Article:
Buying an established business
If you plan to buy an existing business, carefully analyse both the advantages and disadvantages, including the history, which is likely to impact the future of the business. One advantage is that a good business history can increase the likelihood of a successful operation and ensure that finance is easier to obtain. Potential disadvantages can be overestimating the goodwill figure and a poor public image inherited from the previous owner.
As a prospective business owner you should determine the current worth of the business and its future prospects.
When buying a business, you'll think about:
- Vendor - Why and what are the reasons the business being sold?
- Sales - Can you see any patterns or trends? What is the business' customer base? Who are the current suppliers?
- Costs - What are the fixed and variable costs? Are there any staff costs?
- Profits - Have you looked at previous financial records? Is the business profitable?
- Assets - What assets does the business have? Does it have any intellectual property or leasing arrangements?
- Liabilities - Does the business have any outstanding debts? What refunds and warranties still exist for the business?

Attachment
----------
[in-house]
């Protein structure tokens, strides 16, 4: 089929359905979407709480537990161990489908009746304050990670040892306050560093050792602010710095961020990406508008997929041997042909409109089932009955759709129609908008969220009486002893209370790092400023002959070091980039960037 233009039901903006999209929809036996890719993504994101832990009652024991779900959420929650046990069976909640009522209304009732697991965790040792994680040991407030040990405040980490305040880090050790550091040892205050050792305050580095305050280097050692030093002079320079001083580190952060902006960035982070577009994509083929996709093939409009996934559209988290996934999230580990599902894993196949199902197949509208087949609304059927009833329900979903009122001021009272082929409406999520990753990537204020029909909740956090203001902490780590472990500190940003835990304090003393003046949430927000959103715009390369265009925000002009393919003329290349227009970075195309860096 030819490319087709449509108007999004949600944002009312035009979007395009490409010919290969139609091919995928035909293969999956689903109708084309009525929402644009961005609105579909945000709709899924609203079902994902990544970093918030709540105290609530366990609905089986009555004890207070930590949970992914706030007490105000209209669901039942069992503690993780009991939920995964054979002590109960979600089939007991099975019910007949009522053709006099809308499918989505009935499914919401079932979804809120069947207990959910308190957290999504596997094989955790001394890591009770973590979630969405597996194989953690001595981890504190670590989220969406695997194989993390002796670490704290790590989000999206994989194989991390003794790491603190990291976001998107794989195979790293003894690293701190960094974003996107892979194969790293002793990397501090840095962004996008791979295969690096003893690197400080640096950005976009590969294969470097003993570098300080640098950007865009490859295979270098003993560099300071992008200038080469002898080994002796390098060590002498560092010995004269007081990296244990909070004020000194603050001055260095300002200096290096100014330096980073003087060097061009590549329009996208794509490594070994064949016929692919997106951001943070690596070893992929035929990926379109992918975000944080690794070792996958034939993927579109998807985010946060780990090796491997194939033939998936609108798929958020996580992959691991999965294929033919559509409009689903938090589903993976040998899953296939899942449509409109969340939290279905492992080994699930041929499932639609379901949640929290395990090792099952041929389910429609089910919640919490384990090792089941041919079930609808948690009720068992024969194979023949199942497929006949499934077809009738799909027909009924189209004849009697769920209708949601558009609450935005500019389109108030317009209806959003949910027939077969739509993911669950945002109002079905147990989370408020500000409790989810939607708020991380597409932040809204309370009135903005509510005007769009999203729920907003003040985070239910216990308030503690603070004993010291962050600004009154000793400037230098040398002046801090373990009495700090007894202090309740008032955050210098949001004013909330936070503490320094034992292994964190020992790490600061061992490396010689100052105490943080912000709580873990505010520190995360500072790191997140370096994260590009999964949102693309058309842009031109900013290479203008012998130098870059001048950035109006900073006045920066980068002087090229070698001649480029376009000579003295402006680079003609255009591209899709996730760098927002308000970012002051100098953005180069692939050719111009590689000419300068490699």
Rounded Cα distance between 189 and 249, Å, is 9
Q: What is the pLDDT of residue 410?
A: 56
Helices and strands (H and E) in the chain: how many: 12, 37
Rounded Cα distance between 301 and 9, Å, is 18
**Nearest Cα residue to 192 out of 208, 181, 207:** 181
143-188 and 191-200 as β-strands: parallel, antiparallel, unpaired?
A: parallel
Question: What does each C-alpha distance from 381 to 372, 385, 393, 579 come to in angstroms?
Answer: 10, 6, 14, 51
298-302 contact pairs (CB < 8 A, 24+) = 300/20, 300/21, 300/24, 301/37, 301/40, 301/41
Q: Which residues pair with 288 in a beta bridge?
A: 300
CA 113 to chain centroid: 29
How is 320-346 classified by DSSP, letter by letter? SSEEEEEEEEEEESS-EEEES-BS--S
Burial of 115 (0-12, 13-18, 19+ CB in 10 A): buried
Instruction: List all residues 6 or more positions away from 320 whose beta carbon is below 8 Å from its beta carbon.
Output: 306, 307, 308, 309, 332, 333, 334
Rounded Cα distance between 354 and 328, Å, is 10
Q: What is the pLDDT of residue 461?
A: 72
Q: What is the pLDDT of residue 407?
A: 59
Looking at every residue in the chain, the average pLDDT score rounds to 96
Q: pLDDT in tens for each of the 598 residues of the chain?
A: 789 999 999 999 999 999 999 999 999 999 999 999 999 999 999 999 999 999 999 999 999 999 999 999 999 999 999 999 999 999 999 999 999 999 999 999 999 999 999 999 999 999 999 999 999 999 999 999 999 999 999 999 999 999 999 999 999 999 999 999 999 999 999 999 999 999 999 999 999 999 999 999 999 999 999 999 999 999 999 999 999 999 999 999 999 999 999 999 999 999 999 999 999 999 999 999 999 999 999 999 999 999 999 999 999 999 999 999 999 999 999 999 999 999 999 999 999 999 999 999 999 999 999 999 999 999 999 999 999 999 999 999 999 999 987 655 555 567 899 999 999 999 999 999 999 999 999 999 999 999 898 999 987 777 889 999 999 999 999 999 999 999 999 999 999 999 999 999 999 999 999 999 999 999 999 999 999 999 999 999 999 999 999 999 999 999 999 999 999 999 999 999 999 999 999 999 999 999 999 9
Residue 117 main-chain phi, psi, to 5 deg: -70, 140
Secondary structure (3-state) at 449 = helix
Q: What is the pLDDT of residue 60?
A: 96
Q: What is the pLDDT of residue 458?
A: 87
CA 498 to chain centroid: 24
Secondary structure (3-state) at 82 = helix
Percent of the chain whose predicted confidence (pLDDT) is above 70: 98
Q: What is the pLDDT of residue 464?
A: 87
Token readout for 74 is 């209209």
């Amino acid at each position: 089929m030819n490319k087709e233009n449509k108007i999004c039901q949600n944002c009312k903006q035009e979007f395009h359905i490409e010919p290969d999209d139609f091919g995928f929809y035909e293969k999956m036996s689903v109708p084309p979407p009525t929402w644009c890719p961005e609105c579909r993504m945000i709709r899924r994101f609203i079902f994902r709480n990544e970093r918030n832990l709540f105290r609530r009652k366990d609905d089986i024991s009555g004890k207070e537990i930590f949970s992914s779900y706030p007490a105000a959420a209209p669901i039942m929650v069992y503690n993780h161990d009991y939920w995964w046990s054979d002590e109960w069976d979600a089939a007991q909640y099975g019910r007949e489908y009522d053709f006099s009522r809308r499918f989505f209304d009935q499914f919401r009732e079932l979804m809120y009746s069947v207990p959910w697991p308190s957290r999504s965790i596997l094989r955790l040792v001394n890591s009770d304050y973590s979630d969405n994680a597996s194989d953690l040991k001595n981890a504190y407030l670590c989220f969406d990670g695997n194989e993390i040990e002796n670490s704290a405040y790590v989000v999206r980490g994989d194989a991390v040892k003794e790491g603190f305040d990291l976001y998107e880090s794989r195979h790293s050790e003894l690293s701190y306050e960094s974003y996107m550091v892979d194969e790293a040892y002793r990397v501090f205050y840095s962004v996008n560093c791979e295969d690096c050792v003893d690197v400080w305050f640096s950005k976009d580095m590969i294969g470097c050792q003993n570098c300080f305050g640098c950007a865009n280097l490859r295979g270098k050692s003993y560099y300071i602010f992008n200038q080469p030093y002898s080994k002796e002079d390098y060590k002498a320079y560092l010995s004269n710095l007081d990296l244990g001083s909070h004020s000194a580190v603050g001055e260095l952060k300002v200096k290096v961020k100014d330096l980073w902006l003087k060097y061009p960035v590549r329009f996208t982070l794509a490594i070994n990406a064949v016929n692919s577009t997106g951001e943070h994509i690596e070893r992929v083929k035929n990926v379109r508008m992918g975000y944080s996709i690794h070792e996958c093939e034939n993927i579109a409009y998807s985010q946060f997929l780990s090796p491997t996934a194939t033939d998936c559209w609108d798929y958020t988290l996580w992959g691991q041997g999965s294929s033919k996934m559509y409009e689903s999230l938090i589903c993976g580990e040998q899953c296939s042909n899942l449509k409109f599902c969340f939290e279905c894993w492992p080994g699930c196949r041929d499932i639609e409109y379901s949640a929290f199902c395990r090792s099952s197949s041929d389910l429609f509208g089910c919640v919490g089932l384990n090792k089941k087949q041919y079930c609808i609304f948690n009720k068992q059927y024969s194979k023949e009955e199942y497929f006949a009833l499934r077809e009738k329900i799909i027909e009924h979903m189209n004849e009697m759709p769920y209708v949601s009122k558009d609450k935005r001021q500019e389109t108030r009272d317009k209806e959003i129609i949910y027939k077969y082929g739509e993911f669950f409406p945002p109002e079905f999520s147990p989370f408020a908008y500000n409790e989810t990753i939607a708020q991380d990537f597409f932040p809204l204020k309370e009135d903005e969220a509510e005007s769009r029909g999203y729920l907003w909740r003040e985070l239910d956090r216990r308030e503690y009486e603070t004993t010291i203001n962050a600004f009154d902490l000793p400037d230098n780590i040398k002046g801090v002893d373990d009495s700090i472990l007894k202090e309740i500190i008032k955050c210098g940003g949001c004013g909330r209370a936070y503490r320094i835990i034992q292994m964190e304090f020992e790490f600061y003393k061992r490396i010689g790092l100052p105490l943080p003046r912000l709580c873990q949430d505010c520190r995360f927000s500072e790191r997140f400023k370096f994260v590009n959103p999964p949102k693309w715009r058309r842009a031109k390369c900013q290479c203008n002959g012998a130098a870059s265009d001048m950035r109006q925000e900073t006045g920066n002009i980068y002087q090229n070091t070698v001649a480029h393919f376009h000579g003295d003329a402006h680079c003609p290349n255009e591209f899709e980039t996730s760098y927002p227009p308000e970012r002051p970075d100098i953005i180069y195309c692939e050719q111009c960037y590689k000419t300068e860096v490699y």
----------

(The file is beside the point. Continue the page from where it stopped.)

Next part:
- Purchase agreement - Have you reviewed the purchase agreement carefully?
- Tax - What kinds of tax will apply? Consider GST, Capital Gains Tax, and stamp duty implications.
- Legal issues - What are the legal agreements on leases? What is the business structure?
- History - What has and hasn't worked for the previous owner?
Franchising is another option you can consider if you're looking to buy an established business.
Franchising allows a business to operate under the name and brand of an existing business, and sell their products or services. If you think franchising could be for you, read our Franchising business topic.
For advice and protection in buying a business we suggest that you seek the services of a solicitor, accountant or business adviser.
How much will it cost to buy an existing business?
There many considerations that are taken into account when estimating a business' worth including sales, costs, profits, assets, liabilities, tax and legal issues. Read our Valuing a business page to help determine methods of valuation before purchasing an established business.
To help you determine a fair price, seek advice from a solicitor, accountant or business advisor.